Real wages in every region in the UK are lower now than when the Tories came to power in 2010, analysis by the Labour Party has found.
Wages adjusted for inflation are down by an average of 5%, leaving people £1,600 a year worse off than they were in 2010.
The data, from the Office of National Statistics (ONS), also shows that while wages in London remain the highest in the country, they have fallen by an average of 6%.
The figures by Labour highlight the scale of the cost of living crisis that is hitting UK households and forcing swathes of public sector workers out on strike to demand pay rises above inflation, which currently stands at 10.7%.
The government has blamed the bleak economic picture on Vladimir Putin’s invasion of Ukraine and the cost of the Covid pandemic for putting up prices for consumers.
Labour claims that had the economy continued to grow at the same rate as when it was last in government, there would be at least £30 billion more to spend on public services without the need to raise taxes.
Shadow chancellor Rachel Reeves told HuffPost UK: “These figures don’t just underline a lack of growth under the Tories.
“They show the complete failure over 12 years to build an economy that actually works in the interests of working people.
“Married with the billions upon billions of taxpayer money that has been wasted on undelivered projects, crony contracts, unsafe PPE and Tory vanity projects, it shows just what irresponsible stewards of the economy the Conservatives are.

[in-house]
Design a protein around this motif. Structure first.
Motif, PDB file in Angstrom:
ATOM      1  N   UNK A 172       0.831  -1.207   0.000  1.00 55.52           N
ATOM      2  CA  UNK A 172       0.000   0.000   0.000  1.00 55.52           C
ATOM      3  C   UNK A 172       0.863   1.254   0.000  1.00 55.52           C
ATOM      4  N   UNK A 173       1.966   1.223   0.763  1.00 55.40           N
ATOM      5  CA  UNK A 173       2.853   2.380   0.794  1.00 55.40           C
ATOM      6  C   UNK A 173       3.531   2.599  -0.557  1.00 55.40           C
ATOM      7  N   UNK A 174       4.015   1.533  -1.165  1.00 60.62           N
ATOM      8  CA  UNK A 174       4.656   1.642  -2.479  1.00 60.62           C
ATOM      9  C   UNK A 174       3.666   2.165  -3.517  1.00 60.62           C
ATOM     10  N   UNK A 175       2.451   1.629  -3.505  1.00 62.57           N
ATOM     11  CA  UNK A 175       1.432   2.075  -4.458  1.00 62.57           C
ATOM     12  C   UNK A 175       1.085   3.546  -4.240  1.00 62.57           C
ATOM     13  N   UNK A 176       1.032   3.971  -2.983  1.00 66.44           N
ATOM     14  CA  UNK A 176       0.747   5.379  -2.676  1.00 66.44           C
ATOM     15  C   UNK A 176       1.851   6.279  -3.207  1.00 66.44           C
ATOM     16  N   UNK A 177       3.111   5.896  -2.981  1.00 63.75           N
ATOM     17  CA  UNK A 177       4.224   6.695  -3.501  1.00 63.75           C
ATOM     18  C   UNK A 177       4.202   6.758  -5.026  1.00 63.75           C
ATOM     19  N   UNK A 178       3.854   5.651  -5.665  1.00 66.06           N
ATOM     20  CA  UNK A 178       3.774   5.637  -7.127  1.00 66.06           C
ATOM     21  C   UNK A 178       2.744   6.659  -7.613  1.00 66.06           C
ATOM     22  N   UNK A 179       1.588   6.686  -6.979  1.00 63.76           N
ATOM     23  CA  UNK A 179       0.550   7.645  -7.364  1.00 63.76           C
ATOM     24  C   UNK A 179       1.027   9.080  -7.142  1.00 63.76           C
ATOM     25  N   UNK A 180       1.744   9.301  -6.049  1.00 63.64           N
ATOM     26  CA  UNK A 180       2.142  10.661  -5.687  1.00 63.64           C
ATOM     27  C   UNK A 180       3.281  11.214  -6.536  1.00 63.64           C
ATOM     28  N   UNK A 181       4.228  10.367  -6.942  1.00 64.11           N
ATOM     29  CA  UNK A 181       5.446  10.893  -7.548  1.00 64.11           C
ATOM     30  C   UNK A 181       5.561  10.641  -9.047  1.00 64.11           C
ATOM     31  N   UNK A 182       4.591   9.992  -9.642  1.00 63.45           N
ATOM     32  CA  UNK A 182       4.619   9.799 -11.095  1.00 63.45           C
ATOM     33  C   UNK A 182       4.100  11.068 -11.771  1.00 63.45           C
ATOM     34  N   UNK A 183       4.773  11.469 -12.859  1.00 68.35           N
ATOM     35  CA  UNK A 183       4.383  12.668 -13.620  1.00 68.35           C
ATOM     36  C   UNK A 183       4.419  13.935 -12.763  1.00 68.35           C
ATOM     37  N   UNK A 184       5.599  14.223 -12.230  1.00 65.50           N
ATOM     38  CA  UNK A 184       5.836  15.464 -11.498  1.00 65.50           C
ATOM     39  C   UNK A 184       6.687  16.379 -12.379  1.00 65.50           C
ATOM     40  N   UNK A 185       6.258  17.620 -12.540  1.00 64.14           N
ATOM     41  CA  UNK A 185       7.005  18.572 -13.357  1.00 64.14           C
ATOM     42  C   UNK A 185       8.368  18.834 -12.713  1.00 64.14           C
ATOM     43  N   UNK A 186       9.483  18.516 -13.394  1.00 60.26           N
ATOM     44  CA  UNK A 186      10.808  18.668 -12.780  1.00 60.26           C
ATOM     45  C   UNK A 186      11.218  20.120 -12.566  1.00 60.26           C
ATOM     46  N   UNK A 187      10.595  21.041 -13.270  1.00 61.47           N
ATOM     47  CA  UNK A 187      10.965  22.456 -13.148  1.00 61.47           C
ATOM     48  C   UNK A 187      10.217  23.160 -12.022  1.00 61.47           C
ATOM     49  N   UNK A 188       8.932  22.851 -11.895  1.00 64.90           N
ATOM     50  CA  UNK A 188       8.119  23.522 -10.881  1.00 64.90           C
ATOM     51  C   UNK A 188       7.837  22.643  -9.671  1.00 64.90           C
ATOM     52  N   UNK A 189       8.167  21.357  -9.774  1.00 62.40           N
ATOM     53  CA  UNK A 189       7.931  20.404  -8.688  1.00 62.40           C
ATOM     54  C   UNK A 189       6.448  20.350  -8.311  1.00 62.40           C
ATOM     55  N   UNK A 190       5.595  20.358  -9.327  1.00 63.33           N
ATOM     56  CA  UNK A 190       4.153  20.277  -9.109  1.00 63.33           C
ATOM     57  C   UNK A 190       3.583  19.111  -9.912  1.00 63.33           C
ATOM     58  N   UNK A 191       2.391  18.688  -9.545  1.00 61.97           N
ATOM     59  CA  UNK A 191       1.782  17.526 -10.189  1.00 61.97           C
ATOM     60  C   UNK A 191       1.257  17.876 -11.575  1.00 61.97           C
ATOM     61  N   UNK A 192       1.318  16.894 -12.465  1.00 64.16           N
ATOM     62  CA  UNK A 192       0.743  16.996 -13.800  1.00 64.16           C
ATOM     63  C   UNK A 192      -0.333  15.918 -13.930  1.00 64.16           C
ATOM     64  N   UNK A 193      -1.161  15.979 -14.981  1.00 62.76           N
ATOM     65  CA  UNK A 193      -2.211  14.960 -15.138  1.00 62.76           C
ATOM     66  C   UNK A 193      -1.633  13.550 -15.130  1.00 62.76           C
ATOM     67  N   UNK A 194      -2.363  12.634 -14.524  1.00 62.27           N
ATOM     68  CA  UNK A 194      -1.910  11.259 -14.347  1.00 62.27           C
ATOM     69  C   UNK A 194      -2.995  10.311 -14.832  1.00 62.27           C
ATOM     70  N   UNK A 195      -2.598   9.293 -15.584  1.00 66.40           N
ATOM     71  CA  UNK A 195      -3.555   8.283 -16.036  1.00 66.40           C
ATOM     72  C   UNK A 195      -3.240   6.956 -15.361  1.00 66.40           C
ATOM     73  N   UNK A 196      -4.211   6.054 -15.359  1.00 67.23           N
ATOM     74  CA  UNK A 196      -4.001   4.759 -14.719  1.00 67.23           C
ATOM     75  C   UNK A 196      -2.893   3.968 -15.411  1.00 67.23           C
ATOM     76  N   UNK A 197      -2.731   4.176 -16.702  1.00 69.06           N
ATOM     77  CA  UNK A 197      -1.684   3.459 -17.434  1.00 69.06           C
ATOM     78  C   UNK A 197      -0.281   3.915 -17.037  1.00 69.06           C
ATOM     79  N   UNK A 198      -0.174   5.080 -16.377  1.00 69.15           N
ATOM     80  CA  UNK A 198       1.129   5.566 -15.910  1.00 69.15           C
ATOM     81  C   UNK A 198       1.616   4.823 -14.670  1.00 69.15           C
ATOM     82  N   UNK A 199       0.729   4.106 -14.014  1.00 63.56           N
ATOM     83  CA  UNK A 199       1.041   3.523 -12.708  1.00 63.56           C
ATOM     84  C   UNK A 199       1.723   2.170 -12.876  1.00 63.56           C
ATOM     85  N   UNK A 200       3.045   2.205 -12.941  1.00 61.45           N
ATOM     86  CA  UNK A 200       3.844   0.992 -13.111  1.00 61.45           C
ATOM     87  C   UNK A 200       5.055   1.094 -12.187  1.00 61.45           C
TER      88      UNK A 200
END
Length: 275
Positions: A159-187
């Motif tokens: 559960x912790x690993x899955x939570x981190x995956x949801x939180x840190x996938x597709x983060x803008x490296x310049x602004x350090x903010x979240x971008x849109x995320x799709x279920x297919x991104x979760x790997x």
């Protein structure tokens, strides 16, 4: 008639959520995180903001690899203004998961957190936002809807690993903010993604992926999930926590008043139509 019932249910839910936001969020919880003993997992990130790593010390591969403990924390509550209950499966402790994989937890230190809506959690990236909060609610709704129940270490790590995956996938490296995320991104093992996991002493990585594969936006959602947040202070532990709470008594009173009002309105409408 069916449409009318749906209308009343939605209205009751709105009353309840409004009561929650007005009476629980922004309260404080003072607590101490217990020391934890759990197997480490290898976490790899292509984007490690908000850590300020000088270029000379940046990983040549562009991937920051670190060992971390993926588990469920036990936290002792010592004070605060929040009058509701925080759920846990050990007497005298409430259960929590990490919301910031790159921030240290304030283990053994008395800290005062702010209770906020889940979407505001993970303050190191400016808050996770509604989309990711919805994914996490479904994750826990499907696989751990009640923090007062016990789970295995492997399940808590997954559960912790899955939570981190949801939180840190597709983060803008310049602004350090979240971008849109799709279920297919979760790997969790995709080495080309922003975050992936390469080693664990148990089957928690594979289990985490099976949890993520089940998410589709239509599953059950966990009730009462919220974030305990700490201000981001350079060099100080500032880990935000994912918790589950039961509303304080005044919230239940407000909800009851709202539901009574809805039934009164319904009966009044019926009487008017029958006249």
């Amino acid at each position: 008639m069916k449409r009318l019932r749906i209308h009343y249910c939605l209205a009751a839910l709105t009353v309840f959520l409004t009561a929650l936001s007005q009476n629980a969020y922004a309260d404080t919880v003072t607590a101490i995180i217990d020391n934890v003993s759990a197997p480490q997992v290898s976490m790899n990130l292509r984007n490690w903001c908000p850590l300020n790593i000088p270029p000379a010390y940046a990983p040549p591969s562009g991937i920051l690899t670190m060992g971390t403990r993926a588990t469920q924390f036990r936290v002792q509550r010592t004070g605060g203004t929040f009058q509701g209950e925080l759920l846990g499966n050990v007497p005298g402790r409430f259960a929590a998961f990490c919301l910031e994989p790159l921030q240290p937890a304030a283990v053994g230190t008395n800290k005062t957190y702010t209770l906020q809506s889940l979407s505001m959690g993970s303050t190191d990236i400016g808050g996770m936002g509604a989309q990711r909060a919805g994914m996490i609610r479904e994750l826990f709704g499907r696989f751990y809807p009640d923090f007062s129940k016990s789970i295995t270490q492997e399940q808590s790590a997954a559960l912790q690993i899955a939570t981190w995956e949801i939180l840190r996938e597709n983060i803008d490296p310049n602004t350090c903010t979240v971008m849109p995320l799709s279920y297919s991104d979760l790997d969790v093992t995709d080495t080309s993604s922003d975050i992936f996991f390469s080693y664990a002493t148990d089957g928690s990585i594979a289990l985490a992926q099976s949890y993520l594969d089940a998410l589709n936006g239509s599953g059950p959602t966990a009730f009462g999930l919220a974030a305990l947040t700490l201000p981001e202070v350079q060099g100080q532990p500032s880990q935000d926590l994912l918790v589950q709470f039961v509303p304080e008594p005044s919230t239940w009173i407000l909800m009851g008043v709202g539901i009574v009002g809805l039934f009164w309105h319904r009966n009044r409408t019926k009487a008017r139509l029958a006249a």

“Labour will stabilise our economy, and we will get it growing with our green prosperity plan and our active partnership with British businesses.”
Last month the ONS said that the economy grew by 0.5% in October after shrinking by 0.3% in the three months to September.
The uptick in growth in October has still not calmed fears of a recession, defined as a contraction of the economy for two three-month periods in a row.
Analysts have pointed out that the growth experienced in October was mainly because the UK experienced a huge economic dip following the death of Queen’s Elizabeth, which created an additional bank holiday, and Liz Truss’s mini-Budget which caused market turmoil.
The Bank of England warned at the end of last year that the UK was likely to fall into a recession that would last until mid 2024— the longest in 100 years.
Figures released by the British Retail Consortium this morning showed that fresh food prices rose at a record rate in December, with overall food inflation up to 13.3%.
A Treasury spokesperson said: “We are committed to ensuring wages go further and people can keep more of what they earn.
“We have already increased the national living wage meaning an extra £1,600 a year for a full-time worker.
“Since 2010, we have also increased the tax-free allowances for both income tax and national insurance by more than inflation — roughly doubling them in cash terms to take millions more people out of paying tax altogether.
“However, high inflation driven by Putin’s invasion of Ukraine is slowing economic growth across the world and no country is immune. But we have a plan that will halve inflation this year, while laying the foundations for long-term growth through record investment in infrastructure and new industries.”